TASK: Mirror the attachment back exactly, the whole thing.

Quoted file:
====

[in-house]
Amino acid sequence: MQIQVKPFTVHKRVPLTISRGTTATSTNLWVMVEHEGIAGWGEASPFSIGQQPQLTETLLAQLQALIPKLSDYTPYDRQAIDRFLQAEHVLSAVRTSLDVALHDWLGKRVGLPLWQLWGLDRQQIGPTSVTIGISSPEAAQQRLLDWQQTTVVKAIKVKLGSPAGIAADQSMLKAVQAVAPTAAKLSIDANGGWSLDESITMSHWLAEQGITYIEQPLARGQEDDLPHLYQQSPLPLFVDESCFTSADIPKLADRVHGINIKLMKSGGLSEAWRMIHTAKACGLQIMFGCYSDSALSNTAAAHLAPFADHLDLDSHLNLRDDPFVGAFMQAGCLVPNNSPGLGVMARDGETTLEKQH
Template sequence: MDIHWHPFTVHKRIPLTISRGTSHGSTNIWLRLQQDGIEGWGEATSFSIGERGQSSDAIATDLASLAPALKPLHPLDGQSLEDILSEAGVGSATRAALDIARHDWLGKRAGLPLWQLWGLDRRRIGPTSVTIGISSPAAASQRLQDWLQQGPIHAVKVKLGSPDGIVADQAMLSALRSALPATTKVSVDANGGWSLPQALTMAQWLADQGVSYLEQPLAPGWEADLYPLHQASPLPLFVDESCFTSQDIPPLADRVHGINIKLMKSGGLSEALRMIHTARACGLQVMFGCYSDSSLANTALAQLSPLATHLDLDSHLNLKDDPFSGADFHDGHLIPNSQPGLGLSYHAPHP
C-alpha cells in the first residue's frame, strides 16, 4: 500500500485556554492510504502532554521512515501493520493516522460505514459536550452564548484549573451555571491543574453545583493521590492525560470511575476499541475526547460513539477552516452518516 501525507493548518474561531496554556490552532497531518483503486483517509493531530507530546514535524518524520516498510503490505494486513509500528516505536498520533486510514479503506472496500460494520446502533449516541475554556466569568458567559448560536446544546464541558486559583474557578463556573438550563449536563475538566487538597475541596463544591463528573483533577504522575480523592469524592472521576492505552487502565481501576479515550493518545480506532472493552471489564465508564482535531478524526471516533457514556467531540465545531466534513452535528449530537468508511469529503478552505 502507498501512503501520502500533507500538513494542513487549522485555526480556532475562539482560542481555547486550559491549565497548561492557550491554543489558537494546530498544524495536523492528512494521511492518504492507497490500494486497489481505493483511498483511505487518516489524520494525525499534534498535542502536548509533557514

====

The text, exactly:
[in-house]
Amino acid sequence: MQIQVKPFTVHKRVPLTISRGTTATSTNLWVMVEHEGIAGWGEASPFSIGQQPQLTETLLAQLQALIPKLSDYTPYDRQAIDRFLQAEHVLSAVRTSLDVALHDWLGKRVGLPLWQLWGLDRQQIGPTSVTIGISSPEAAQQRLLDWQQTTVVKAIKVKLGSPAGIAADQSMLKAVQAVAPTAAKLSIDANGGWSLDESITMSHWLAEQGITYIEQPLARGQEDDLPHLYQQSPLPLFVDESCFTSADIPKLADRVHGINIKLMKSGGLSEAWRMIHTAKACGLQIMFGCYSDSALSNTAAAHLAPFADHLDLDSHLNLRDDPFVGAFMQAGCLVPNNSPGLGVMARDGETTLEKQH
Template sequence: MDIHWHPFTVHKRIPLTISRGTSHGSTNIWLRLQQDGIEGWGEATSFSIGERGQSSDAIATDLASLAPALKPLHPLDGQSLEDILSEAGVGSATRAALDIARHDWLGKRAGLPLWQLWGLDRRRIGPTSVTIGISSPAAASQRLQDWLQQGPIHAVKVKLGSPDGIVADQAMLSALRSALPATTKVSVDANGGWSLPQALTMAQWLADQGVSYLEQPLAPGWEADLYPLHQASPLPLFVDESCFTSQDIPPLADRVHGINIKLMKSGGLSEALRMIHTARACGLQVMFGCYSDSSLANTALAQLSPLATHLDLDSHLNLKDDPFSGADFHDGHLIPNSQPGLGLSYHAPHP
C-alpha cells in the first residue's frame, strides 16, 4: 500500500485556554492510504502532554521512515501493520493516522460505514459536550452564548484549573451555571491543574453545583493521590492525560470511575476499541475526547460513539477552516452518516 501525507493548518474561531496554556490552532497531518483503486483517509493531530507530546514535524518524520516498510503490505494486513509500528516505536498520533486510514479503506472496500460494520446502533449516541475554556466569568458567559448560536446544546464541558486559583474557578463556573438550563449536563475538566487538597475541596463544591463528573483533577504522575480523592469524592472521576492505552487502565481501576479515550493518545480506532472493552471489564465508564482535531478524526471516533457514556467531540465545531466534513452535528449530537468508511469529503478552505 502507498501512503501520502500533507500538513494542513487549522485555526480556532475562539482560542481555547486550559491549565497548561492557550491554543489558537494546530498544524495536523492528512494521511492518504492507497490500494486497489481505493483511498483511505487518516489524520494525525499534534498535542502536548509533557514